This week Ellipsis Zine announced that my flash piece “Spring Cleaning” was one of their five nominees for the Pushcart Prize. Only later – after scouting around online – did I realise that it’s quite an honour to be nominated for this prestigious award. That said, I’d like to tell you a little more about the Pushcart Prize. Alternatively, if you’re not in the mood for a name-dropping-blah-blah fest, you can scroll down to the end of this post for lovely excerpts from the nominated stories, plus links to the stories that can be read online.
Let me start with a quote from the Pushcart site, giving you some insight into the origins of the prize and the annual anthology, which features stories and poems from selected writers.
“Since 1976, hundreds of presses and thousands of writers of short stories, poetry and essays have been represented in our annual collections. Each year most of the writers and many of the presses are new to the series. Every volume contains an index of past selections, plus lists of outstanding presses with addresses.”
Among the founding editors of the Pushcart prize were Paul Bowles, Ralph Ellison, Joyce Carol Oates and Reynolds Price, and the current advisory council reads like a who’s-who of international literature. (Click on the links above for further info.)
Ellipsis Zine was launched by writer/designer Steve Campbell as an online magazine for flash fiction. However, he recently decided to publish a print collection titled ONE. An intriguing aspect of this print/digital magazine is the Ellipsis has decided to share 25% of the profits with contributing writers, which is rather unique in the flash-fiction scene, where writers have grown accustomed to paying a fee when submitting their work. That said, I urge you to buy a digital or print copy of ONE, which features 52 superb pieces of flash fiction.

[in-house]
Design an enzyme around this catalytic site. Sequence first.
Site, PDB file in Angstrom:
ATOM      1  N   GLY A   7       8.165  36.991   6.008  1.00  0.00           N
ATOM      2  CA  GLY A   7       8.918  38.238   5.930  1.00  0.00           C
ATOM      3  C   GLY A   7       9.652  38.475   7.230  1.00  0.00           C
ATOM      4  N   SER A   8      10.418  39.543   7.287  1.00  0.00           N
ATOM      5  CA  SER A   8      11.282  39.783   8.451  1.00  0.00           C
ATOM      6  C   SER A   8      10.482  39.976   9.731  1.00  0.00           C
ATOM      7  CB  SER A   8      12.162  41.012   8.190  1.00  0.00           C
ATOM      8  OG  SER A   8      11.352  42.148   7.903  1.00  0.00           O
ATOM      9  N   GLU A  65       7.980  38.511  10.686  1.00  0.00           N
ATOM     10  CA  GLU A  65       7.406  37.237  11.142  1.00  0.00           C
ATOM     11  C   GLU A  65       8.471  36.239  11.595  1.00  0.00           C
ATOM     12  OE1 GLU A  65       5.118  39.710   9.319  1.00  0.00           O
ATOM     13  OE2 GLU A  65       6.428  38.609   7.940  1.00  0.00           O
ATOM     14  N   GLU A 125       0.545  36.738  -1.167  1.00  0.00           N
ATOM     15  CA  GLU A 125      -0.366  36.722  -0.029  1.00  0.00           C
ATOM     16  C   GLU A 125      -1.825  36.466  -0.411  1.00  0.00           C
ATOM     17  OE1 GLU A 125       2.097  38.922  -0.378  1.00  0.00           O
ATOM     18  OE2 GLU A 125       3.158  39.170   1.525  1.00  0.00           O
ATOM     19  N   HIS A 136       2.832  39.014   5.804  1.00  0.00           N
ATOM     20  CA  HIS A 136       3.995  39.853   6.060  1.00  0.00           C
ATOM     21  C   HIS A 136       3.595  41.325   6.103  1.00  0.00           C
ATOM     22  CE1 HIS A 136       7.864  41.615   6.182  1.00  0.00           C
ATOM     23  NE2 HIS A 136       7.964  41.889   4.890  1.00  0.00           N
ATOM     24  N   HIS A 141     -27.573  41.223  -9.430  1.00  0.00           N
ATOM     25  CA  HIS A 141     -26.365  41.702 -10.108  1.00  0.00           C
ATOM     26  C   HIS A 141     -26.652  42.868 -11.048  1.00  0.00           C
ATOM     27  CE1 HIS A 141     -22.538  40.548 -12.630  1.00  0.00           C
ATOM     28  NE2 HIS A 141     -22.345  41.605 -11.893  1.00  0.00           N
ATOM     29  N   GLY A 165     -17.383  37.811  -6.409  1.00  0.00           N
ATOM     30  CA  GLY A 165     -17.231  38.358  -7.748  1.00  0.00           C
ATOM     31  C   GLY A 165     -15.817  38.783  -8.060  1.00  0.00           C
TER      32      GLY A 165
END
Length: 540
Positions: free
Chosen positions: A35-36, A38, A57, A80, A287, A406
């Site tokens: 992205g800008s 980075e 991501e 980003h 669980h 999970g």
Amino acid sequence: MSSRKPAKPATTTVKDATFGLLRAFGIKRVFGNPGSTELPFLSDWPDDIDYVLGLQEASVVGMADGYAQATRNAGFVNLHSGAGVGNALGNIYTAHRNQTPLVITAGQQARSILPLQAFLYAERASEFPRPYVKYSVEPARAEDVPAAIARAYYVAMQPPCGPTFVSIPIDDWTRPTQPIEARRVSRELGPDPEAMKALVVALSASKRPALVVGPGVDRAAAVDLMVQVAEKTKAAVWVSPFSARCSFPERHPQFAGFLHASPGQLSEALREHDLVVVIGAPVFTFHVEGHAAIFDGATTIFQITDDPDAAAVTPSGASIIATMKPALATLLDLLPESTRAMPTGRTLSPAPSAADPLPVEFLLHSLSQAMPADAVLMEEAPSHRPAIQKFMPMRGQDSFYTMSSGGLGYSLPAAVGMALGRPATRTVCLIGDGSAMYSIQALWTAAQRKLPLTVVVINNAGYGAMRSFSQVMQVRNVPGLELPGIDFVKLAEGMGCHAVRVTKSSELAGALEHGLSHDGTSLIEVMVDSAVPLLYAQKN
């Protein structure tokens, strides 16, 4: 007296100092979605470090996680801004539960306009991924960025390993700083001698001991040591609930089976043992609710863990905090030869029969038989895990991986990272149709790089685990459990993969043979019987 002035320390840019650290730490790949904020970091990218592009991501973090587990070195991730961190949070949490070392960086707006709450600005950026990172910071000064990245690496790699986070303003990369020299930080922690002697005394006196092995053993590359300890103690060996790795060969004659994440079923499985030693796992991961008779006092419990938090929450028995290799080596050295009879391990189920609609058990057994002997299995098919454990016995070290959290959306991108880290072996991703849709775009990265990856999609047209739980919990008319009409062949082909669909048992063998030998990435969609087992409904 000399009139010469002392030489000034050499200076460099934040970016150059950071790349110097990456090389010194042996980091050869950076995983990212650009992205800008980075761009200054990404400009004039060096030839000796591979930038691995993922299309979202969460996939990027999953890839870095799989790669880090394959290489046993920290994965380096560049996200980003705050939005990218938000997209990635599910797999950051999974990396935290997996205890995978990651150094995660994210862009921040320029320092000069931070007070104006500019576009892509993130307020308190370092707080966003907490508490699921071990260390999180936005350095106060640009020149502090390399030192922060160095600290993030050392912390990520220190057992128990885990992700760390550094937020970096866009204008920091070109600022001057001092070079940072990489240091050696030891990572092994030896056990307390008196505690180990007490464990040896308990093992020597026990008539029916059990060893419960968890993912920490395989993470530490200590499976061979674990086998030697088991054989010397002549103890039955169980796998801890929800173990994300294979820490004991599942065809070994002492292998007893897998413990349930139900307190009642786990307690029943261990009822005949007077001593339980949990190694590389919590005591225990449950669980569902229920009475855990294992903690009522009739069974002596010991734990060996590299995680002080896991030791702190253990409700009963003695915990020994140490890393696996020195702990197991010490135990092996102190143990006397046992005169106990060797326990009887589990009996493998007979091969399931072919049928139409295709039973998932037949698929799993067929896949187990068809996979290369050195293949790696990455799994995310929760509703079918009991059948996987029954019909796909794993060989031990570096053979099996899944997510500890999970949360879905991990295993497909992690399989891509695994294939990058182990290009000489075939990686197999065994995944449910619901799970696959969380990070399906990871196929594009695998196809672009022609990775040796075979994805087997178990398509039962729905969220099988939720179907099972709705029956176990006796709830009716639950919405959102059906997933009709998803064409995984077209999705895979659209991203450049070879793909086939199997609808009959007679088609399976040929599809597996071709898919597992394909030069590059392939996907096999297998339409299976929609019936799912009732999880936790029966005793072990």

Without too much further ado, here are excerpts from the stories nominated by Ellipsis Zine, with links to those stories that can be read online.
Christina Dalcher | There Is a Difference Between the Pas de Deux and the Solo
“When we begin the study of ballet, we begin with ourselves. Only later, when our bones are strong and our balance perfected, do the men come, taking us into positions we could never achieve on our own. They bend and carry us, push us into infinite turns, and we unlearn what we knew.”
Hannah Gordon | A Woman’s Body is a Mystery, Except for Mine
“Our next-door neighbor was a single parent, too, though not by choice. She had two sons, and they both stared at me over their bowls of Fruity Pebbles while their mom searched her cabinets for stray pads or tampons.”
Stephanie Hutton | Expedition
“The vanilla weakness of them, giving up so soon. Those spoilt boy-babies. Twenty-six years of mockery fuelled my legs. I’d chanted onwards through my teeth like a hundred thousand Hail Marys. The silence of snow absorbed my words.”
Kathryn McMahon | Flare
“On a dark November morning, the senior sun gods discover Ann-Margaret. They linger at her locker with glowing lips and voices like arrogant roosters. Apollo hooks the edge of her hood and yanks it from her face. She slaps his hand, but too late, everyone has seen her chin lit up like a buttercup.”
Federica Silvi | Thinking of the One Who Got Away | published in ONE
“The words in there can dry tears, but might open floodgates; they can mend a heart or puncture it, let it burst and bleed.”
Richard de Nooy | Spring Cleaning
“I work my way up her thighs. Left and right. Front and back. Lifting her legs at the knee. Taking my time. Summoning courage.”